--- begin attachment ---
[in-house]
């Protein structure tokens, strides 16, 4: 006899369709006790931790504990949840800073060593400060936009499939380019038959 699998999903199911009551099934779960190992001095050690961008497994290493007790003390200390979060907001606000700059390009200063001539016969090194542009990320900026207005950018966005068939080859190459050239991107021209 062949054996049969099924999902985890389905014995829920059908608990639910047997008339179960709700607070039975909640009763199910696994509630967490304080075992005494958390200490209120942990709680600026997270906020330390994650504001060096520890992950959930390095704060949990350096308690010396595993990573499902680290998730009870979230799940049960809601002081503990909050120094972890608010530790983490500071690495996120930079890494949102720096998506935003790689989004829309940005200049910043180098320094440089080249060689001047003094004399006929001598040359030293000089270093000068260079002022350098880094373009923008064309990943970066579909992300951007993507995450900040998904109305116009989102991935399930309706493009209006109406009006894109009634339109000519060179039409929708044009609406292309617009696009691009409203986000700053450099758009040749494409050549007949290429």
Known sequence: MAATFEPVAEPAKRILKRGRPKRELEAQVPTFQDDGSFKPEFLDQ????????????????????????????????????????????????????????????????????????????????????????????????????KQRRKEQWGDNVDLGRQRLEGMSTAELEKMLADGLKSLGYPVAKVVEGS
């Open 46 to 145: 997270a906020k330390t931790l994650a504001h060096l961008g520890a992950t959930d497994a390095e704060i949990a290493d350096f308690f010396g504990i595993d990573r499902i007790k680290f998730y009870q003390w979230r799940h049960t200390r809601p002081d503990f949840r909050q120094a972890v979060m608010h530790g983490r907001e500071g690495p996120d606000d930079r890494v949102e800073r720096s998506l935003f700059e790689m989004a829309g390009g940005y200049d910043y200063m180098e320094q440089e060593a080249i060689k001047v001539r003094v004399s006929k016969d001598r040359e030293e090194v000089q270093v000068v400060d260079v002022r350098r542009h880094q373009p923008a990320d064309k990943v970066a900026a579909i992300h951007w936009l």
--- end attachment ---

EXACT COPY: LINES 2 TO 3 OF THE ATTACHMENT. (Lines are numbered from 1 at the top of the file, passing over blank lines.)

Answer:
């Protein structure tokens, strides 16, 4: 006899369709006790931790504990949840800073060593400060936009499939380019038959 699998999903199911009551099934779960190992001095050690961008497994290493007790003390200390979060907001606000700059390009200063001539016969090194542009990320900026207005950018966005068939080859190459050239991107021209 062949054996049969099924999902985890389905014995829920059908608990639910047997008339179960709700607070039975909640009763199910696994509630967490304080075992005494958390200490209120942990709680600026997270906020330390994650504001060096520890992950959930390095704060949990350096308690010396595993990573499902680290998730009870979230799940049960809601002081503990909050120094972890608010530790983490500071690495996120930079890494949102720096998506935003790689989004829309940005200049910043180098320094440089080249060689001047003094004399006929001598040359030293000089270093000068260079002022350098880094373009923008064309990943970066579909992300951007993507995450900040998904109305116009989102991935399930309706493009209006109406009006894109009634339109000519060179039409929708044009609406292309617009696009691009409203986000700053450099758009040749494409050549007949290429």
Known sequence: MAATFEPVAEPAKRILKRGRPKRELEAQVPTFQDDGSFKPEFLDQ????????????????????????????????????????????????????????????????????????????????????????????????????KQRRKEQWGDNVDLGRQRLEGMSTAELEKMLADGLKSLGYPVAKVVEGS